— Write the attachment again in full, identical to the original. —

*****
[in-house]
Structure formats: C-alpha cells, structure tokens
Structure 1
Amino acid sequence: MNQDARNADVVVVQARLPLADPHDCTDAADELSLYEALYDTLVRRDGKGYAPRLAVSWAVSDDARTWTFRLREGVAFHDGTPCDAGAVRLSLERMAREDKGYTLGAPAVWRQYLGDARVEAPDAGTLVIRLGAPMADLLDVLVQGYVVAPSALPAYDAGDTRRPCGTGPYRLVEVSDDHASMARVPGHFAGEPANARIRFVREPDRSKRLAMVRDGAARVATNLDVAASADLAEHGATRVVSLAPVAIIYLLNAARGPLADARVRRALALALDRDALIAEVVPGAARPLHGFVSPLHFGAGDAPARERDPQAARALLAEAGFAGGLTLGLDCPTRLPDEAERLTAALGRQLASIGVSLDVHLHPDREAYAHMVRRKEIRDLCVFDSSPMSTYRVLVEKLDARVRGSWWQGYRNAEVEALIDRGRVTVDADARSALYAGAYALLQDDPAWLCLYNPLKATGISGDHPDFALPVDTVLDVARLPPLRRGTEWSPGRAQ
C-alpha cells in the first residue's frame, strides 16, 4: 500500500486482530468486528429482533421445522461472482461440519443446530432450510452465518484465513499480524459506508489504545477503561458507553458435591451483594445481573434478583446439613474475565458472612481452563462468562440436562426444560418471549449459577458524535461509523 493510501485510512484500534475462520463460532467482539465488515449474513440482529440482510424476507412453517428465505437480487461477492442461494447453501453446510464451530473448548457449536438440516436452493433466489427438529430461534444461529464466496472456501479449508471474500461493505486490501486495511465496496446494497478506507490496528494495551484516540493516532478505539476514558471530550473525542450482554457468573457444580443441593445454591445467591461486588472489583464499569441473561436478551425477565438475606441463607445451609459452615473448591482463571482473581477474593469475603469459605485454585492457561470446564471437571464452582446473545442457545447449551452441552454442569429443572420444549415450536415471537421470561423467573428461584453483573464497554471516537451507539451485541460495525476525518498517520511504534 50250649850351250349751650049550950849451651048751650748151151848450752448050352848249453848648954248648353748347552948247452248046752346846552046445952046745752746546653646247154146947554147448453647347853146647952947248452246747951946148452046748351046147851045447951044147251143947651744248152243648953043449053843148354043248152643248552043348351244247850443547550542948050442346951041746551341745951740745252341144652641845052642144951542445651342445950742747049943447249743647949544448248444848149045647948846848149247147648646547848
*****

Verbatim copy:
[in-house]
Structure formats: C-alpha cells, structure tokens
Structure 1
Amino acid sequence: MNQDARNADVVVVQARLPLADPHDCTDAADELSLYEALYDTLVRRDGKGYAPRLAVSWAVSDDARTWTFRLREGVAFHDGTPCDAGAVRLSLERMAREDKGYTLGAPAVWRQYLGDARVEAPDAGTLVIRLGAPMADLLDVLVQGYVVAPSALPAYDAGDTRRPCGTGPYRLVEVSDDHASMARVPGHFAGEPANARIRFVREPDRSKRLAMVRDGAARVATNLDVAASADLAEHGATRVVSLAPVAIIYLLNAARGPLADARVRRALALALDRDALIAEVVPGAARPLHGFVSPLHFGAGDAPARERDPQAARALLAEAGFAGGLTLGLDCPTRLPDEAERLTAALGRQLASIGVSLDVHLHPDREAYAHMVRRKEIRDLCVFDSSPMSTYRVLVEKLDARVRGSWWQGYRNAEVEALIDRGRVTVDADARSALYAGAYALLQDDPAWLCLYNPLKATGISGDHPDFALPVDTVLDVARLPPLRRGTEWSPGRAQ
C-alpha cells in the first residue's frame, strides 16, 4: 500500500486482530468486528429482533421445522461472482461440519443446530432450510452465518484465513499480524459506508489504545477503561458507553458435591451483594445481573434478583446439613474475565458472612481452563462468562440436562426444560418471549449459577458524535461509523 493510501485510512484500534475462520463460532467482539465488515449474513440482529440482510424476507412453517428465505437480487461477492442461494447453501453446510464451530473448548457449536438440516436452493433466489427438529430461534444461529464466496472456501479449508471474500461493505486490501486495511465496496446494497478506507490496528494495551484516540493516532478505539476514558471530550473525542450482554457468573457444580443441593445454591445467591461486588472489583464499569441473561436478551425477565438475606441463607445451609459452615473448591482463571482473581477474593469475603469459605485454585492457561470446564471437571464452582446473545442457545447449551452441552454442569429443572420444549415450536415471537421470561423467573428461584453483573464497554471516537451507539451485541460495525476525518498517520511504534 50250649850351250349751650049550950849451651048751650748151151848450752448050352848249453848648954248648353748347552948247452248046752346846552046445952046745752746546653646247154146947554147448453647347853146647952947248452246747951946148452046748351046147851045447951044147251143947651744248152243648953043449053843148354043248152643248552043348351244247850443547550542948050442346951041746551341745951740745252341144652641845052642144951542445651342445950742747049943447249743647949544448248444848149045647948846848149247147648646547848